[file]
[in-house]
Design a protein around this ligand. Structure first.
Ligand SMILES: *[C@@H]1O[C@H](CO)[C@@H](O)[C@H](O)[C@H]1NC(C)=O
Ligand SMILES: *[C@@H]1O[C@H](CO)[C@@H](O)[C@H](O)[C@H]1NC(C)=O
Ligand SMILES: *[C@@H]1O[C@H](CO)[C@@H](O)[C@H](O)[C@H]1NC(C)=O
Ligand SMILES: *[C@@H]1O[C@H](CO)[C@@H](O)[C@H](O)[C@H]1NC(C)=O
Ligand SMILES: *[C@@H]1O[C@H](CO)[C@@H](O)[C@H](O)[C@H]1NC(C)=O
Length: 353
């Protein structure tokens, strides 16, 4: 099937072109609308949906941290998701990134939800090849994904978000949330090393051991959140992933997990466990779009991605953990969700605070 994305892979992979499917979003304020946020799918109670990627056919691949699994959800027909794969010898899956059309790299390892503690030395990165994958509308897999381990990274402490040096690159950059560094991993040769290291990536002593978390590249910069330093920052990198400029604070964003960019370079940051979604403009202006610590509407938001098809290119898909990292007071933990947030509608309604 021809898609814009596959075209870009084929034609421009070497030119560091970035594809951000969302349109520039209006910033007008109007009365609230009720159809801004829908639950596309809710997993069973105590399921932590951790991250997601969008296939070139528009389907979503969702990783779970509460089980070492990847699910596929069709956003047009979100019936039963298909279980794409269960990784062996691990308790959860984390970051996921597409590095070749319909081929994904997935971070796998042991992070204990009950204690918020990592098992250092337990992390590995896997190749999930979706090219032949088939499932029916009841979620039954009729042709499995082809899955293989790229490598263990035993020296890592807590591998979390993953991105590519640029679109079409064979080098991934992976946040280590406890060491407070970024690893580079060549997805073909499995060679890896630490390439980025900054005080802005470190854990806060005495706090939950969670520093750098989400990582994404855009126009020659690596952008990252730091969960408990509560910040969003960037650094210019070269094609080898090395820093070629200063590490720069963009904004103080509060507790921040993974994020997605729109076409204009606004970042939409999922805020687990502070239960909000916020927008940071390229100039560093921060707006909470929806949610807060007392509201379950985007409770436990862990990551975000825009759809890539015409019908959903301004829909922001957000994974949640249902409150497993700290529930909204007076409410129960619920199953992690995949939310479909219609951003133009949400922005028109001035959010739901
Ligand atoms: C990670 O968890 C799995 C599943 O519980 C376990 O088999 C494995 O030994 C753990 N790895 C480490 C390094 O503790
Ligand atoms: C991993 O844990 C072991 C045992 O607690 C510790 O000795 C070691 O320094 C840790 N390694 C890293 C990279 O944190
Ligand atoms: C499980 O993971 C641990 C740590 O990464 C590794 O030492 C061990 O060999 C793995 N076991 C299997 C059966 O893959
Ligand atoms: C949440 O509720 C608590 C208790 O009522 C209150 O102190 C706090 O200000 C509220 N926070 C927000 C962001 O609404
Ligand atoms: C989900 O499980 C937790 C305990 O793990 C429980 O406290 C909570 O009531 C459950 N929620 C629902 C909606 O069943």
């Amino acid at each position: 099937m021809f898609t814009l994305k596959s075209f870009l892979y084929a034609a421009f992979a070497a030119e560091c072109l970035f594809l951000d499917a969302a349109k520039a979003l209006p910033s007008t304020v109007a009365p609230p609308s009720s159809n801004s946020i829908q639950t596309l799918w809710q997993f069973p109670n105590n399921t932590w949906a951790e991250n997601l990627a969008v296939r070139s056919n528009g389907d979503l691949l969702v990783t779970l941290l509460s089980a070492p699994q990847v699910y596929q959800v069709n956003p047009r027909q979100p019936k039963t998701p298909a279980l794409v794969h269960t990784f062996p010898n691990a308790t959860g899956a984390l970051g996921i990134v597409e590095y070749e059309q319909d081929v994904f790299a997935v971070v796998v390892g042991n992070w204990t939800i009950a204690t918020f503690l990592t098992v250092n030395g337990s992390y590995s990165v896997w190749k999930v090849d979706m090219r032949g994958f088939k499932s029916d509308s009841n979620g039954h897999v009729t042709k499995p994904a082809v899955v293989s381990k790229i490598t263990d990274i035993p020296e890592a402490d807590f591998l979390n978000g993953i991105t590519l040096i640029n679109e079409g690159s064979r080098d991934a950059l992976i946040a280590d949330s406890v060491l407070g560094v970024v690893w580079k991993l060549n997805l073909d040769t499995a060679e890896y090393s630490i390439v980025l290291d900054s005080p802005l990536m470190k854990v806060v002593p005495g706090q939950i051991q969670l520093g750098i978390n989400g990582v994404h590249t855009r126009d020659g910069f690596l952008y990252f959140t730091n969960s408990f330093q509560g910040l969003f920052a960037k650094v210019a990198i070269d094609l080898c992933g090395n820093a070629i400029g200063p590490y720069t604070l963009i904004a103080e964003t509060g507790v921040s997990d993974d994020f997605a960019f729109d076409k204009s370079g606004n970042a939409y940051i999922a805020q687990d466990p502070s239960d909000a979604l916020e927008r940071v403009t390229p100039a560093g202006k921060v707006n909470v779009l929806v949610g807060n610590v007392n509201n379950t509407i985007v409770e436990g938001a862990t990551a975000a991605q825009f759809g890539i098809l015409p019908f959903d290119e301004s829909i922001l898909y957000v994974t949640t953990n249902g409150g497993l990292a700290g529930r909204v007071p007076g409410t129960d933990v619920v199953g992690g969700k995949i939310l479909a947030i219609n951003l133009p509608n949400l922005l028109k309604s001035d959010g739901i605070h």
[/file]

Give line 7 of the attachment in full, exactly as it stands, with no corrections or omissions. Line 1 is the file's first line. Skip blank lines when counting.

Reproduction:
Ligand SMILES: *[C@@H]1O[C@H](CO)[C@@H](O)[C@H](O)[C@H]1NC(C)=O